Rancho San Dieguito, as it was originally named, was an 1841 Mexican land grant of 8,824 acres (35.71 km2) from Governor Pío Pico of Alta California to Juan Maria Osuna, the first alcalde (mayor) of the Pueblo of San Diego.
In 1906 the Santa Fe Railway, a subsidiary of the Atchison, Topeka & Santa Fe Railway, purchased the entire land grant from the Osuna family descendants to plant a Blue gum eucalyptus (Eucalyptus globulus) tree plantation for railroad ties, though eucalyptus wood proved too soft to hold railroad spikes. The railroad then formed the Santa Fe Land Improvement Company to develop a planned community of country estates.
During 1917 through 1918 the Santa Fe Land & Improvement Company, under the supervision of its president W.E. Hodges, constructed a dam designed by John S. Eastwood to capture the waters of the San Dieguito River to form Lake Hodges reservoir. Without ample water for irrigation, Rancho Santa Fe could not become a reality. A village plan was adopted, roads were laid out, and properties were plotted. The 6,200 acres developed from the original Rancho San Dieguito land grant was renamed "Rancho Santa Fe" in 1922.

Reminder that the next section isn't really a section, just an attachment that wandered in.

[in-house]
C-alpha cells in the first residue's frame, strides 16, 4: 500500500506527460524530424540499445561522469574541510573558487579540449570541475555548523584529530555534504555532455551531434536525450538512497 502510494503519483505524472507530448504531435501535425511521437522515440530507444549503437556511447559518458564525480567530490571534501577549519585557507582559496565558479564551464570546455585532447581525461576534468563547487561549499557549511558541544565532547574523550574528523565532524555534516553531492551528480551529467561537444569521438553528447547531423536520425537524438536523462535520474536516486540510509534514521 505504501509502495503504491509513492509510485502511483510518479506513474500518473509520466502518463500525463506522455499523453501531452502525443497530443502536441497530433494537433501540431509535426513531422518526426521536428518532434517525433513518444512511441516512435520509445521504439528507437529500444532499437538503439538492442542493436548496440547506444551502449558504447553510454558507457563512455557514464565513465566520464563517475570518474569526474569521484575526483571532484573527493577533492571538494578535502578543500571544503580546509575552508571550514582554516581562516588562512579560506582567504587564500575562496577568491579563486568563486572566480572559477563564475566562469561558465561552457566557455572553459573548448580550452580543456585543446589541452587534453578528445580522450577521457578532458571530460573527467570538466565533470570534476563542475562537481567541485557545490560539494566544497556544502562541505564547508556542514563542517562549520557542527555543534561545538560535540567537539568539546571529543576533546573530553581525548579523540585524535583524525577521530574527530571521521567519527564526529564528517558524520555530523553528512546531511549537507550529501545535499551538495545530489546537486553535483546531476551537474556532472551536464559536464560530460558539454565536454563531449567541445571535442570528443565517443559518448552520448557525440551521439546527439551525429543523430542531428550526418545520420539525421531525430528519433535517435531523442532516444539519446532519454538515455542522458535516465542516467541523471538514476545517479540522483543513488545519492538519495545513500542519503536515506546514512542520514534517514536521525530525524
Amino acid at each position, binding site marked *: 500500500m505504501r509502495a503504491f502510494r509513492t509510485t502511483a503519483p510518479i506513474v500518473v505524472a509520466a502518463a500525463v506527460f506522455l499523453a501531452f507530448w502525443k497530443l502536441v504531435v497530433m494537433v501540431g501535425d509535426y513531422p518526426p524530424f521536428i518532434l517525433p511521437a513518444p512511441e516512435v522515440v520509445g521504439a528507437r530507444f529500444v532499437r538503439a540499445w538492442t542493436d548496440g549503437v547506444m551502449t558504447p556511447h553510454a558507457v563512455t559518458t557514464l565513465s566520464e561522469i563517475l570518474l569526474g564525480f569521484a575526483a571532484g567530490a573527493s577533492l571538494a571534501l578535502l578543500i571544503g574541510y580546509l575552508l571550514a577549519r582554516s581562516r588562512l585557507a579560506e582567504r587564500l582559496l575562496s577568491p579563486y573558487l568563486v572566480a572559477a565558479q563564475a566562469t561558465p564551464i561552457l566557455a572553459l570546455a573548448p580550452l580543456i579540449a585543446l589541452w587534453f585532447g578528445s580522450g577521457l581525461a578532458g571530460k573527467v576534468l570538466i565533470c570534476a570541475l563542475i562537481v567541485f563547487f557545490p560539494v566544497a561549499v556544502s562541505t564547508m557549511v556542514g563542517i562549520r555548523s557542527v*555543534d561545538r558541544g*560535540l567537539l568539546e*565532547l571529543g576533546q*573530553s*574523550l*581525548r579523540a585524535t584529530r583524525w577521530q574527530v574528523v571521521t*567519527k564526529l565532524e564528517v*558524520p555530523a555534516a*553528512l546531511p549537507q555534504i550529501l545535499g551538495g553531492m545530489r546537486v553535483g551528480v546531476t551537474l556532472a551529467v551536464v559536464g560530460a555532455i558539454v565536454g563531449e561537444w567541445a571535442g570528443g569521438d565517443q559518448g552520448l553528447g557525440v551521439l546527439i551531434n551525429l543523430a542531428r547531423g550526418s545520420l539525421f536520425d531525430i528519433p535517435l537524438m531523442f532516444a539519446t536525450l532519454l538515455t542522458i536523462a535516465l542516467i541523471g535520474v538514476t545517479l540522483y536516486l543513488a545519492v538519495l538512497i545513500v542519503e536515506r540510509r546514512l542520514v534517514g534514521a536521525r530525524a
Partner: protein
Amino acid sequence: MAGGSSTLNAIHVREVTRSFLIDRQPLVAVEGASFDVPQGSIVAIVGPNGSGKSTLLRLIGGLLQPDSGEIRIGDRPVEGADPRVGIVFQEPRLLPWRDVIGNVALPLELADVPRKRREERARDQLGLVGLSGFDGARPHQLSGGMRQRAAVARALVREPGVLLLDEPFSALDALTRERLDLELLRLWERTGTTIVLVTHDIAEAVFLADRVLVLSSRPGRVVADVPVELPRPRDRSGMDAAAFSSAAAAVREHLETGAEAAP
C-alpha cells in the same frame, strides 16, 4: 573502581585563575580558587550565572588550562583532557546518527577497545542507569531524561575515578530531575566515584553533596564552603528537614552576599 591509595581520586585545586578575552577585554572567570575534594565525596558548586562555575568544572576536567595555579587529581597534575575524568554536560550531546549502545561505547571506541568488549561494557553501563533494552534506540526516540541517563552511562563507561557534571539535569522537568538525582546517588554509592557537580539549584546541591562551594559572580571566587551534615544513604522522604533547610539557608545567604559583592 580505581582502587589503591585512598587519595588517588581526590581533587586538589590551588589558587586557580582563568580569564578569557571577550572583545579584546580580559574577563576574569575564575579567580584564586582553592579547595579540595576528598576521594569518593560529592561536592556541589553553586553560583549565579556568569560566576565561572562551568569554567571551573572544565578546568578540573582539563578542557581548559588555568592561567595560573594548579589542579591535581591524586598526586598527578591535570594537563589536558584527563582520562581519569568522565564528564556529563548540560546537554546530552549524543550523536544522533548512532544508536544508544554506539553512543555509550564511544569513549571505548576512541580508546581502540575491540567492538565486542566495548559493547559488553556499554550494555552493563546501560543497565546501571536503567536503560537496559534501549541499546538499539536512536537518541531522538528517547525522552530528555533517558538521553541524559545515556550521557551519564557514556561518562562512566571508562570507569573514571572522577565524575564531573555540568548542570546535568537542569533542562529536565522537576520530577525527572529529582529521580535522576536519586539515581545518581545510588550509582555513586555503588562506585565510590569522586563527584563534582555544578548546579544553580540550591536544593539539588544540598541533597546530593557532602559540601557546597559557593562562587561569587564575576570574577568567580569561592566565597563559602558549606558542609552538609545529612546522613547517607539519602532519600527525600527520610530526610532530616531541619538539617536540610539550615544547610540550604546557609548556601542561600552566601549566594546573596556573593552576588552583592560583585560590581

The company chose the San Diego-based architectural firm of Requa and Jackson, noted for their expertise in Spanish Colonial Revival and Mediterranean Revival styles of architecture, to develop the community's master plan. Lilian Rice, an employee of the firm, worked from the 1920s through the 1930s designing, supervising, and constructing the village center, as well as several homes throughout the Ranch. Her philosophy in architecture was to "create unity between buildings and their surroundings in a simplistic blend of picturesque romantic charm." Her architectural influence can be seen throughout the village today.